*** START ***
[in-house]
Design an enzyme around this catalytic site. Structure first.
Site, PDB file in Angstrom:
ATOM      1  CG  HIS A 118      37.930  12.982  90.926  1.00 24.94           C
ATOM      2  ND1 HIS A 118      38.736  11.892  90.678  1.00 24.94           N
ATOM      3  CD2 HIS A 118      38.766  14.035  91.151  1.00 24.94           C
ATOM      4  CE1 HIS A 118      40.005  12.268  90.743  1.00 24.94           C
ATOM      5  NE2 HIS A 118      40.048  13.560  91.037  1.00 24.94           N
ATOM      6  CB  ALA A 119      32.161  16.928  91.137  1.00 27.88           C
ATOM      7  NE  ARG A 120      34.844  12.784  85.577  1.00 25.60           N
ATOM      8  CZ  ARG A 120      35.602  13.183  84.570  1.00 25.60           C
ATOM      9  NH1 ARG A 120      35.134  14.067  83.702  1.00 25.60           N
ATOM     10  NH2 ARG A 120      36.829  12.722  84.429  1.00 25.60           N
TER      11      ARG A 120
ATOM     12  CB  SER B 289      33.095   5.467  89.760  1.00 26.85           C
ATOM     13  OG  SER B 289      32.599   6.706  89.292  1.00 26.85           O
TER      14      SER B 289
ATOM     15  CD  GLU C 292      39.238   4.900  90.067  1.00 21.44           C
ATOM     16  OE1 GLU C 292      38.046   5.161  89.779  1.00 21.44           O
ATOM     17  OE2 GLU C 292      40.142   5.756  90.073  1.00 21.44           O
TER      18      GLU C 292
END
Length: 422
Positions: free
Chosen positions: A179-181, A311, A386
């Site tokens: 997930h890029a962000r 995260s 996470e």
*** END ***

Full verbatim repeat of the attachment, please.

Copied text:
[in-house]
Design an enzyme around this catalytic site. Structure first.
Site, PDB file in Angstrom:
ATOM      1  CG  HIS A 118      37.930  12.982  90.926  1.00 24.94           C
ATOM      2  ND1 HIS A 118      38.736  11.892  90.678  1.00 24.94           N
ATOM      3  CD2 HIS A 118      38.766  14.035  91.151  1.00 24.94           C
ATOM      4  CE1 HIS A 118      40.005  12.268  90.743  1.00 24.94           C
ATOM      5  NE2 HIS A 118      40.048  13.560  91.037  1.00 24.94           N
ATOM      6  CB  ALA A 119      32.161  16.928  91.137  1.00 27.88           C
ATOM      7  NE  ARG A 120      34.844  12.784  85.577  1.00 25.60           N
ATOM      8  CZ  ARG A 120      35.602  13.183  84.570  1.00 25.60           C
ATOM      9  NH1 ARG A 120      35.134  14.067  83.702  1.00 25.60           N
ATOM     10  NH2 ARG A 120      36.829  12.722  84.429  1.00 25.60           N
TER      11      ARG A 120
ATOM     12  CB  SER B 289      33.095   5.467  89.760  1.00 26.85           C
ATOM     13  OG  SER B 289      32.599   6.706  89.292  1.00 26.85           O
TER      14      SER B 289
ATOM     15  CD  GLU C 292      39.238   4.900  90.067  1.00 21.44           C
ATOM     16  OE1 GLU C 292      38.046   5.161  89.779  1.00 21.44           O
ATOM     17  OE2 GLU C 292      40.142   5.756  90.073  1.00 21.44           O
TER      18      GLU C 292
END
Length: 422
Positions: free
Chosen positions: A179-181, A311, A386
């Site tokens: 997930h890029a962000r 995260s 996470e």